Posts Tagged: programming

3 nerds at DroidCon Turin 2014

Posted by Lorenz Cuno Klopfenstein

From thursday 6th to sunday 9th february the DroidCon Italy event was held in Turin. It’s the italian version of the important Android conference dedicated both to developers and the B2B market. (And people like us, it appears.)

Our three LaBlog writers (Gioele, Saverio e Lorenz) jumped on the opportunity of enjoying two days of vacation the conference in order to improve their Android skills. As soon as they arrived at the conference building, Gioele was exposed to a very severe and unfair badge discrimination, as shown in picture. (He also didn’t get the glass cleaning cloth shaped as a droid, a precious object giving +10 nerdiness to the user.)


As we noticed during the opening keynote, one of the themes of the conference would indeed be Google Glass: several people around the hall did indeed wear a pair of Glasses, and were usually inclined to talk about them and to show off their capabilities. During the BarCamp at the end of the first day there was an improvised talk about Google Glass, also showing one of the most interesting applications: providing hands-free information to fire-fighters doing their dangerous job.


Among the topics, several sessions were focused on mobile app security: Luca Baggio from did talk about the security issues that impacted Linux and Android devices at large so far, while Marco Grassi from viaForensics gave an interesting overview of the (many) attacks to mobile apps and data stored in them. He also presented some useful hints for developers in order to avoid most common problems, which usually are disregarded by larger developers as well. We doubt anyone cares about our shopping lists, but just in case you intend to store more important data…

There were several talks about testing setup and testing environments, while GenyMotion presented their new x86 Android emulator based on VirtualBox. We were very interested and their solution was also mentioned by some of the speakers, meaning that perhaps this could be a solution to the usually quite sluggish default Android emulator. We’ll need to check it out!

The spanish developer Victor Díaz then entertained us by showing some very interesting ideas of “atypical” smartphone usage: starting with a coordinated ballet, speed challenges (meaning the speed with which a phone on vibrate can cross a table) and his City Fireflies project where groups of people can use their smartphone to defeat evil space invaders attacking a public square of a city. He then also presented Protocoder, an interesting platform that can be used to rapidly develop application prototypes in Javascript. Very useful for quick testing or for teaching programming to kids, without having to use professional tools (which are quite hard usually) like Eclipse (also known as “big IDE of doom”). He wrapped up his talk encouraging other developers to develop interesting, modern and innovative applications — not the usual ListView + ActionBar.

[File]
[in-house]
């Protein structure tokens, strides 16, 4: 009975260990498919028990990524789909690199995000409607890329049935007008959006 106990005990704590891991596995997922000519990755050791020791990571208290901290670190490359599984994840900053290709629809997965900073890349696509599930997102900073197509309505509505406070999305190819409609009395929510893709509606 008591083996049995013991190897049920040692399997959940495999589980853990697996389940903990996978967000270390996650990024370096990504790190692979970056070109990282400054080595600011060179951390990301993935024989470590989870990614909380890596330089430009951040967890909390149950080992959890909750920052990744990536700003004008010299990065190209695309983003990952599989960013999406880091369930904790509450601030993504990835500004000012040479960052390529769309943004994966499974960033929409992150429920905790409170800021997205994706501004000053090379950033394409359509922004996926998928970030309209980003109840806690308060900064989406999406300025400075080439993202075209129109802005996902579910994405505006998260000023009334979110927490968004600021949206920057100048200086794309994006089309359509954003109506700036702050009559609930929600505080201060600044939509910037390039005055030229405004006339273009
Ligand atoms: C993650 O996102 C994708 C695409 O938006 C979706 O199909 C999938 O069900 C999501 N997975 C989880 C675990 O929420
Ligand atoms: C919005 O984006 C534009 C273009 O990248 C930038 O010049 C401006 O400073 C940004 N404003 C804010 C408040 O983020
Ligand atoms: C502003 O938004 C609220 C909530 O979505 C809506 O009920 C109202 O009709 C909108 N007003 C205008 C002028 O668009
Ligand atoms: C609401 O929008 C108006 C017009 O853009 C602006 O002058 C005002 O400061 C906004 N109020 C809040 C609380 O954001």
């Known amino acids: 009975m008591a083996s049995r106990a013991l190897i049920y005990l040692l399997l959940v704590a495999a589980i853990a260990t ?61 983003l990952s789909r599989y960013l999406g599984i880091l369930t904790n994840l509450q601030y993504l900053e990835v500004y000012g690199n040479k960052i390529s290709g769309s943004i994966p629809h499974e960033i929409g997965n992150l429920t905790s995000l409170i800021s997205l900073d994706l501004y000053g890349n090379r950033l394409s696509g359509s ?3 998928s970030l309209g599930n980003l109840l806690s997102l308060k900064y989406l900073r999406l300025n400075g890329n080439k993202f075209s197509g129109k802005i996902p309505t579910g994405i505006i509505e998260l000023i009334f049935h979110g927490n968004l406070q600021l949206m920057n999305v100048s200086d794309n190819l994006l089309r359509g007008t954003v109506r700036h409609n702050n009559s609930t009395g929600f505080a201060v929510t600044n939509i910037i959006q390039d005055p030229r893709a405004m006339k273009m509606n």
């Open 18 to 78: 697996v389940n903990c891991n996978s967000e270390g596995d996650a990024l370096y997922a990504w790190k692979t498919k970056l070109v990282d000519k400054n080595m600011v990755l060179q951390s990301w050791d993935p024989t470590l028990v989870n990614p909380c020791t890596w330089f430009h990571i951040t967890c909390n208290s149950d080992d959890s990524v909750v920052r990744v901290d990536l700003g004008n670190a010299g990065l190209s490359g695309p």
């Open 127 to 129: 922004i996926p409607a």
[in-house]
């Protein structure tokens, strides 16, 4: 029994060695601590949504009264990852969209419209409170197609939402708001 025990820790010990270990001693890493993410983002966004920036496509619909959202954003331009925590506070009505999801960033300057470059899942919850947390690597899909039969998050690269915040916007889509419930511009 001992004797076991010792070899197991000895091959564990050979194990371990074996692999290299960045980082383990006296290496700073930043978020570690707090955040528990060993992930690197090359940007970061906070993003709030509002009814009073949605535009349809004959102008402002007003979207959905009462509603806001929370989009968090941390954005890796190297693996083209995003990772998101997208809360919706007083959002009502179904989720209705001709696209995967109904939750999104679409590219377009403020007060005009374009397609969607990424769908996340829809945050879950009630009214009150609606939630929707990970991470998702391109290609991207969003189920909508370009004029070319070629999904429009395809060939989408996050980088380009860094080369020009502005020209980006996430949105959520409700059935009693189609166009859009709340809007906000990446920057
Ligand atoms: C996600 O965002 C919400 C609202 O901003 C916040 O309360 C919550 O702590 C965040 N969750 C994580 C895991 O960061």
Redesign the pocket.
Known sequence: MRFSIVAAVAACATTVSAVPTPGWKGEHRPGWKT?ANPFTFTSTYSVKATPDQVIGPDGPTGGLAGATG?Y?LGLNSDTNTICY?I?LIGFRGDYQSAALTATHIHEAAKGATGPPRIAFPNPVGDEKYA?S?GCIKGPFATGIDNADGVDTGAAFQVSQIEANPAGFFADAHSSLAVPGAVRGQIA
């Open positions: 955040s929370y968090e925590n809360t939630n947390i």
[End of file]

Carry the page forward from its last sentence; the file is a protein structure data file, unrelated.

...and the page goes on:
Maco Picone held his talk about “The Android Platform in the era of Internet of Things” by presenting a system developed by a research group of the University of Parma that makes the discovery of Machine2Machine protocols very easy. Very interesting, we say!

Finally, there were several UI/UX (User Interface/User Experience) talks as well, especially targeted for Android developers. From the promising “One code to play ’em all” (about Fragments and responsive app development) which was little more than the official Android documentation unfortunately, to the intriguing “From Android App to Killer App: How to Reach the Million-Downloads Milestone”, to the talk by the author of, who unfortunately confirmed how verbose and difficult it can be to present graphics and layouts which could, in theory at least, be optimized by the Android UI runtime.


On friday we left Turin with a load of stimulating ideas, unfathomable fears about the security of our mobile apps, the certainty that ordering too much nachos for dinner is bad for you™ and, most importantly, a renewed craving for code!